Went to one of John DeSimio’s parties recently. A stylish bon vivant, former publicity executive, John’s frequent hostings attract a diverse and brainy crowd of mainly industry types. This was a couple of weeks after Ronni Chasen’s funeral and Ronni was still the introductory topic of conversation. Her memorial was a tribute not only to one of the legends of the publicity business but – as most Hollywood events are – a celebration of this small community. Everyone was warmed in the retelling of tales about our late colleague.
Then the topic changed – as most Hollywood conversations do – to the state of the business. Everyone was also warmed by this exchange.
Misery loves company?
Gatherings like John’s normally produce good networking, good gossip and just good fun – for those who can follow the alphabet soup of names floating in anecdotes and updates. Not a lot of star names; these are working people – writers, publicists, journalists – who mainly talk about insider stuff: which projects have gone into turnaround, who’s changed studio’s, where so-and-so is traveling. But in the past two years, these kinds of conversations have become something akin to the bon homme in a bomb shelter. It’s been another terrible year for the movies – work wise and otherwise. We all know it and we all need to talk about it.
In fact, talking about it is helping some of us get through these lean mean times in the movie biz.
The film community isn’t a myth – and it’s not all about schadenfreud. At least not always. Everyone to some degree has felt the pinch of the movie industry downsizing. Even many of us who’ve been lucky enough to work regularly have taken body blows to our confidence that there’ll always be work. One can feel the eerie quiet before the next bombardment.
Gatherings like these – in times like these - expose the softer side of Sammy Glick: people trying to think of ways to help their underemployed colleagues. Like a fighting unit in which some seek heroics while others are just trying to stay alive, the film community is a fractious, bumptious bunch of Me-Firsters – until the battle begins and we see our comrades fall. It’s a common fate that unites us – whether in grief or economic hard times. Even when we look around at the devastation of downsized staffs and dumbed-down films, we have a take-away: we are a community., helping our friends find work, mourning our collective losses, consoling one another and mapping out ways to fix what’s broken.
So, thanks again Ronni for reminding us we’re part of a little village the rest of the world calls Hollywood; thanks John for giving some of us a place to come together. Here’s hoping 2011 brings peace and prosperity and that we carry with us the big lesson of 2009 and 2010: We are family. Sing it with me now.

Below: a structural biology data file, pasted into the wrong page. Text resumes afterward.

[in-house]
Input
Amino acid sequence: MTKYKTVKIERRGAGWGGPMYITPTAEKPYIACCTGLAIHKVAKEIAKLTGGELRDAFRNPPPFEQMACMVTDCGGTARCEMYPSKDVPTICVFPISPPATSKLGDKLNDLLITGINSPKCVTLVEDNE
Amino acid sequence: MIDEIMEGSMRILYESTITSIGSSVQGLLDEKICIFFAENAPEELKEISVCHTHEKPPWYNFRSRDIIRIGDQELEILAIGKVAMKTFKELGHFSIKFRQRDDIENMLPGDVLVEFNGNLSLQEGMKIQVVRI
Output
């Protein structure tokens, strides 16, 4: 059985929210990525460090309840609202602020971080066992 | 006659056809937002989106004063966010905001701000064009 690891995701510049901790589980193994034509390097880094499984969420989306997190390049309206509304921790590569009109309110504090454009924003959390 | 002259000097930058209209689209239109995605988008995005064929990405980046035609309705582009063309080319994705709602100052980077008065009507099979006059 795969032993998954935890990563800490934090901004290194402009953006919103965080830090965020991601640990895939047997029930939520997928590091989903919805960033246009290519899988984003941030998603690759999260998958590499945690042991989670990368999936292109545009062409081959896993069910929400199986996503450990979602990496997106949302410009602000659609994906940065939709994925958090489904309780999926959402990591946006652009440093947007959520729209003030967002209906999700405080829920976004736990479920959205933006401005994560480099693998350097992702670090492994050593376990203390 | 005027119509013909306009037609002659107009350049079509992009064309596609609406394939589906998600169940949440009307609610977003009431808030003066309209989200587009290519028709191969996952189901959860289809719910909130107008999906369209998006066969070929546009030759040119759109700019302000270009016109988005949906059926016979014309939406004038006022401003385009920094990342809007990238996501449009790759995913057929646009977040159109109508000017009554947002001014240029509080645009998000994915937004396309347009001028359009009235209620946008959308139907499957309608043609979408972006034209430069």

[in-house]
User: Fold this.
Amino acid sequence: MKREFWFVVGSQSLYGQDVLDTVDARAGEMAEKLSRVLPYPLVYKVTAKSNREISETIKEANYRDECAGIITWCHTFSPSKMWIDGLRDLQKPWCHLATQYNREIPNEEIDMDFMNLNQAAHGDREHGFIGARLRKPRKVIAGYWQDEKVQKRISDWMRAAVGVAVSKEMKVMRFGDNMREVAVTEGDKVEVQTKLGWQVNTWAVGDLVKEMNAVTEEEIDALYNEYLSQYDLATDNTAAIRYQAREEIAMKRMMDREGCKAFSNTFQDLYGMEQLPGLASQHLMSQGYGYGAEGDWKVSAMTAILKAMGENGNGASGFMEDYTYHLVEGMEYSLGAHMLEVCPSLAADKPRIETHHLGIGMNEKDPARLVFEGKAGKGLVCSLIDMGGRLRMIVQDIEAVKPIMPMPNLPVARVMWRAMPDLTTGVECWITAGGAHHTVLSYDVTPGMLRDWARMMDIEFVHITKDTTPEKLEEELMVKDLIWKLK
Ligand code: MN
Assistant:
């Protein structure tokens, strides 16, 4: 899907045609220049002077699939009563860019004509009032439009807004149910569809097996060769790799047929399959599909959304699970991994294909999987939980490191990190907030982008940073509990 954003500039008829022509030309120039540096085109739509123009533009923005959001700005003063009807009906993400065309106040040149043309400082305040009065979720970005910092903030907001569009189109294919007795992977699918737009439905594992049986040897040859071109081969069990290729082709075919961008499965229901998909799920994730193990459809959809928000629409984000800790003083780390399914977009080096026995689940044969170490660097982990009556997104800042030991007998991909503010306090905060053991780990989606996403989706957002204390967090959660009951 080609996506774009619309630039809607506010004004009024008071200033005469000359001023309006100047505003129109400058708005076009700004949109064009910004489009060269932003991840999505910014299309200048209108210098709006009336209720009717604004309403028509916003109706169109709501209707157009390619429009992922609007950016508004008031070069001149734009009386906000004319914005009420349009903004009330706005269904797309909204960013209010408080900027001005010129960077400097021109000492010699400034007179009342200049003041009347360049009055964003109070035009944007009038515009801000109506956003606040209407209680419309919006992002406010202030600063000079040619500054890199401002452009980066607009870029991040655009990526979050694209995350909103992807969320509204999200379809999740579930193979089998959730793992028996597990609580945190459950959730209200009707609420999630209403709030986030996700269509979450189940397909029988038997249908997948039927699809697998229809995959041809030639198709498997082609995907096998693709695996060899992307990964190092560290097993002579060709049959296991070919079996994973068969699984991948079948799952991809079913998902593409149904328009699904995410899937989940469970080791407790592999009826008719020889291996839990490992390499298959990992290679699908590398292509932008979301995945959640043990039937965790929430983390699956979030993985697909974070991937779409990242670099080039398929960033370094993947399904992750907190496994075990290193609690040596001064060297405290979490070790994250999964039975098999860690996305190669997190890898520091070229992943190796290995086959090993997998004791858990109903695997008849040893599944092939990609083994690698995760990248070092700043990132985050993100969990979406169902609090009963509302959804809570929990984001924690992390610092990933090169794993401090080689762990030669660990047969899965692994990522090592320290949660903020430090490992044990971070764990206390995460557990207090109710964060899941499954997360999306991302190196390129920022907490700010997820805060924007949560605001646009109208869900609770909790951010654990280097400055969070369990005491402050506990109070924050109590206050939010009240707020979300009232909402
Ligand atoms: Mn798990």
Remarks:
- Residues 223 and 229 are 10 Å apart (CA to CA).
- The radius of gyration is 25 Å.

And Happy New Year to all.
I hope this page can include comments from visitors to this site who have something they want to say about movies they’re working on or have seen or just have thoughts about. Meanwhile, I’ll fill the space with some of my own thoughts.
Why not start with a 2010 Top Ten list? A couple of reasons why not: I haven’t seen many of the fall releases and prior to this fall, it was a pretty crap year. So, I can’t really come up with a Top Ten for 2010 yet.
Another reason I can’t do that is because I’m an Academy voter and we’re supposed to keep our votes to ourselves. It wouldn’t violate AMPAS rules if I came up with a Worst 10. It would only risk future employment opportunities. Besides, as my wife can tell you, I’m not a real discriminating movie-goer. I find something to like about almost everything.
Still, there are movies you expect more from. You fall for the hype or someone you respect gives you a rave review. So, maybe I’ll start this blog with my (preliminary) list of 2010’s Biggest Disappointments. (I may never gonna get hired by these guys now but I’ll roll the dice on most of them never reading this.)
Beware: SPOILERS below, so read on at your own peril.
The Kids Are Alright – To all my gay and lesbian friends: I’m not a hater. I know this movie is a hit with you and with critics – and I came in with great expectations. But lemme make a case for straight people who already see gay families as normal: why would any of us care about this clichéd (overachiever married to unfulfilled housewife; two kookie kids) aggregate if you stripped away the gay? Nice ensemble acting; plot points you could see coming from a mile beyond the parking lot. And we’re all happy when she (spoiler alert) dumps the guy who offers her fulfillment to return to work things out in the dependent relationship she has with the overbearing partner who was a major factor in her depression to begin with? Tell me when it’s time to applaud.
I Am Love – I admit a bias here: I would rather sleep with Hillary Clinton than Tilda Swinton. Awright, you called my bluff. Point being, Tilda as an object of lust is a hard sell for me. Add an insipid story of betrayal and the bourgeoise… But we heard the photography was beautiful! Yeah, it was. Unfortunately, you have to sit through this movie to see it.
Shelter Island – Scorsese can’t channel Hitchcock, Fellini, Bergman, Serling, Kafka and Dr. Phil all at the same time. What’s the maximum number of themes a movie can sustain before it proves itself aimless? Scorsese’s most successful box office movie EVER? Now that’s scary.
I’d throw in Inception but, to be honest, I didn’t have really high expectations of that going in.
Next time we’ll talk about the movies that are turning the year respectable.
Send in your own opinions when ya can. - R